Since I don't care about the captain as a person yet, I don't care about his org chart. And the other details about fuel and armor don't mean much to me yet, except to make me think he's been assigned a kamikaze mission (mission assurance > personal safety?). The assertions about micro-meteorites and space debris pique my interest again. But it seems that radar ought to be a little outdated by the time people are drifting like this.

quote:

The drift is the hardest part of any mission.

The first line is the seed of thought that the whole story grew from. Imagining what it would be like having to do the work of a soldier plus having to deal with isolation.

I think I could definitely cut down the first two paragraphs into one and then be able to get to the rest story faster to keep everyone interested.

I'd probably classify the story as near-future hard-ish sci-fi. No warp drives or phasers. Currently confined to the Earth-moon system.

I probably need to figure out how to make that pretty clear right out of the gate. As a reader I imagine I'd want to know some reference of scale. Am I drifting between galaxies or just around the corner celestially speaking.

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Brian Carlson
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2nd Try:

The drift is the hardest part of any mission. Captain Adam Riley was on a stealth mission with no fuel budget for countermeasures or armor for his orbital transfer pod. His objective, orbiting about the Earth/Moon L5 point, was listed as a North Korean nano-capable ore processing station with a clean inspection history in the United Nations and International Nanotechnology Monitoring Agency station registries. Past experience has taught the squadron to stake little confidence on a clean surprise inspection by the INMA.
Combat personnel in the U.S. Space Operations squadron try to pass the time any way they can. Nothing distracts long from the knowledge that they are in free drift, in a sea of vacuum far from any backup, and inching closer to their enemy with every

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WB
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For me, the problem is the same in both, now all three, cases: "The drift" being the first thing I see. Radioactive drift? Some sort of biohazard? Mission creep? All these ideas or image go through my head, and then I puzzle out that it probably means something like "down time." I don't want to puzzle out what the author means. I want to experience the events with MC.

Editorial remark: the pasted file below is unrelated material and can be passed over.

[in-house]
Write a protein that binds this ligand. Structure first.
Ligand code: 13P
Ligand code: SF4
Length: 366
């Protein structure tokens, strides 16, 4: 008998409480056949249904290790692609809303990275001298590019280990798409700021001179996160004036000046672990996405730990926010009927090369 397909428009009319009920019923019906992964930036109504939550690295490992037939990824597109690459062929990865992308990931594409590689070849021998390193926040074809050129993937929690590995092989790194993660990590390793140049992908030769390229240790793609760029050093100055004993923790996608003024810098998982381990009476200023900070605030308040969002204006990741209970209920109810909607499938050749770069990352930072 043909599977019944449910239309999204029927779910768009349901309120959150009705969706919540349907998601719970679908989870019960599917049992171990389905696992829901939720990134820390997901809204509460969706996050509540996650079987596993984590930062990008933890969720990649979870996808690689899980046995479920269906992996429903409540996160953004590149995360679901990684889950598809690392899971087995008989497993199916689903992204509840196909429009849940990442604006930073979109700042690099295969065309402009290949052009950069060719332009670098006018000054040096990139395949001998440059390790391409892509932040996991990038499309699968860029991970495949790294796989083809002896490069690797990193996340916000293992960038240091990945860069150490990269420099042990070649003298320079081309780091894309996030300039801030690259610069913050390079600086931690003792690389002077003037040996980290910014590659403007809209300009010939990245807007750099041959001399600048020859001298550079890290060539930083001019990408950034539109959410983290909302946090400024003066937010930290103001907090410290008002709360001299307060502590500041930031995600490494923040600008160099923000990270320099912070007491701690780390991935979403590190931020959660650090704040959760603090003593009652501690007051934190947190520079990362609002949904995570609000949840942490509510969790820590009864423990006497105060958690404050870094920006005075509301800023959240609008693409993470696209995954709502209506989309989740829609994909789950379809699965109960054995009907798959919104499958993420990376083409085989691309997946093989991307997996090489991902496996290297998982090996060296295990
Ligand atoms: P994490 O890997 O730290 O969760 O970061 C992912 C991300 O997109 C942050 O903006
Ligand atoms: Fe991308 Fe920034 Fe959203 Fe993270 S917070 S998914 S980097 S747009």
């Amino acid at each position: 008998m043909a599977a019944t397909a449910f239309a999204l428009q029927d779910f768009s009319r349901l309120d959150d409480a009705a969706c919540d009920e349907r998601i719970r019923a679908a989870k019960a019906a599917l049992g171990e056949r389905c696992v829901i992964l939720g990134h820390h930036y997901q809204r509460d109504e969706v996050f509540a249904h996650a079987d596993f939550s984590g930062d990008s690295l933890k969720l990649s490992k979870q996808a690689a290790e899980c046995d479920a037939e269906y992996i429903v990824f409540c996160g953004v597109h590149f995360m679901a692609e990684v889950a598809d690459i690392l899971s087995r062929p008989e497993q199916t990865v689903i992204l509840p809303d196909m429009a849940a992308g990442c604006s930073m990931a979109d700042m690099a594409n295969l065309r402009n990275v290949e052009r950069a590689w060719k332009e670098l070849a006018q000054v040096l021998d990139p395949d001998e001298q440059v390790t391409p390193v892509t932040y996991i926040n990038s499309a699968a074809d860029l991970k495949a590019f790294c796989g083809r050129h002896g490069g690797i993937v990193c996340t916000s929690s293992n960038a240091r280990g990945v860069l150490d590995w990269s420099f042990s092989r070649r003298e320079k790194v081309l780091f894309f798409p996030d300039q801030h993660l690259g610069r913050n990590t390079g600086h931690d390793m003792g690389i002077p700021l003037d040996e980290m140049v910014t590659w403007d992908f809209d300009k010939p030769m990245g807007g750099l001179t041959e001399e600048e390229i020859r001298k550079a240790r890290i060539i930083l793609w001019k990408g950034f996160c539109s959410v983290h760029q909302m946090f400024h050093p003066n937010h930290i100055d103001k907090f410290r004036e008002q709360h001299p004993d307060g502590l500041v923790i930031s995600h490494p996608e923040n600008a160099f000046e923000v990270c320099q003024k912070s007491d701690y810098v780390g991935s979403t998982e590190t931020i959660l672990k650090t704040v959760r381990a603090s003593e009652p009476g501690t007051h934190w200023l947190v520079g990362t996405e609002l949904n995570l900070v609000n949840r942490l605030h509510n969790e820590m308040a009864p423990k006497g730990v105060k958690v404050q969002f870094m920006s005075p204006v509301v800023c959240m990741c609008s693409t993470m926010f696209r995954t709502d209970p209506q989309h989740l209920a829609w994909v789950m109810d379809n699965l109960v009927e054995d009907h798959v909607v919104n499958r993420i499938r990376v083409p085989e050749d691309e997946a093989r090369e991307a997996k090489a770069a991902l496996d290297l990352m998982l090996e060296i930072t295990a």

But I think your main question was: how do I get this background in early on?

OSC's take is: if you need it to understand the first things in the first scene, put in in paragraph one, and POV be damned. (Not his words.)

But if you need it later, you can put it later.

I think you've got info you don't need, or not now. We need to know that Captain Riley is on a dangerous space mission, and then we can understand his thoughts.

I also think this whole "drift is the hardest part" thought could be in Riley's POV, because, well, that's what we care about: we want to know him, care about _his_ fears rather than those of generic combat personnel. And we want to get out of summary and into a scene as soon as we can. E.g. that last line about how nothing can distract you on such a mission might become
quote:
He turned off the Star Trek rerun he was watching. Captain Kirk always wins, he thought, but if the 'ore processing station' senses me, I'll be dead before I can react.

Maybe a sandwich? No --

OK, I'm being silly, but the point is, we can see much of this from Riley's POV, while getting to know and care about him. I don't care what combat personnel do on their missions. I care about what Riley's doing on his.
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Brian Carlson
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Thank you WB. It seems that first line is less impactful and useful than it rings in my head. I have the whole story is sitting in my head while the reader is starting fresh.

I appreciate your input. I think I'm holding the story back trying to keep vestigial pieces that helped in creating the story but are taking up space from more effective replacements.

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Disgruntled Peony
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The first line is what caught my interest, but it doesn't necessarily have to be the first line in the final draft.
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Grumpy old guy
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For me, the entire story would appear to be a third person narrative by a disembodied narrator standing outside of the story. You are telling me everything and leaving me very little room to imagine feelings, emotions, and experiences; another word for the action.

The opening sentence led me to believe 'The Drift' was, in fact, a drift in concentration, not a low-Earth orbit. Hardly what I would call a drift. Satellites, space stations, and other craft don't drift or coast, they orbit at a set velocity depending on the distance from Earth.

The first sentence got me to read the second; and that's when the disappointment started to set in. I would not read on.

Phil.

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Scot
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Brian, sorry for not checking back sooner. I'm a little over-scheduled right now, so I'm afraid I can't read. But I want to say that I like the drift sentence. I understood it and was curious about the details of a boring, yet tense situation like that---sort of like a police stake out? Beyond that, the other reviewers' comments about character's POV and the action ring true to me also.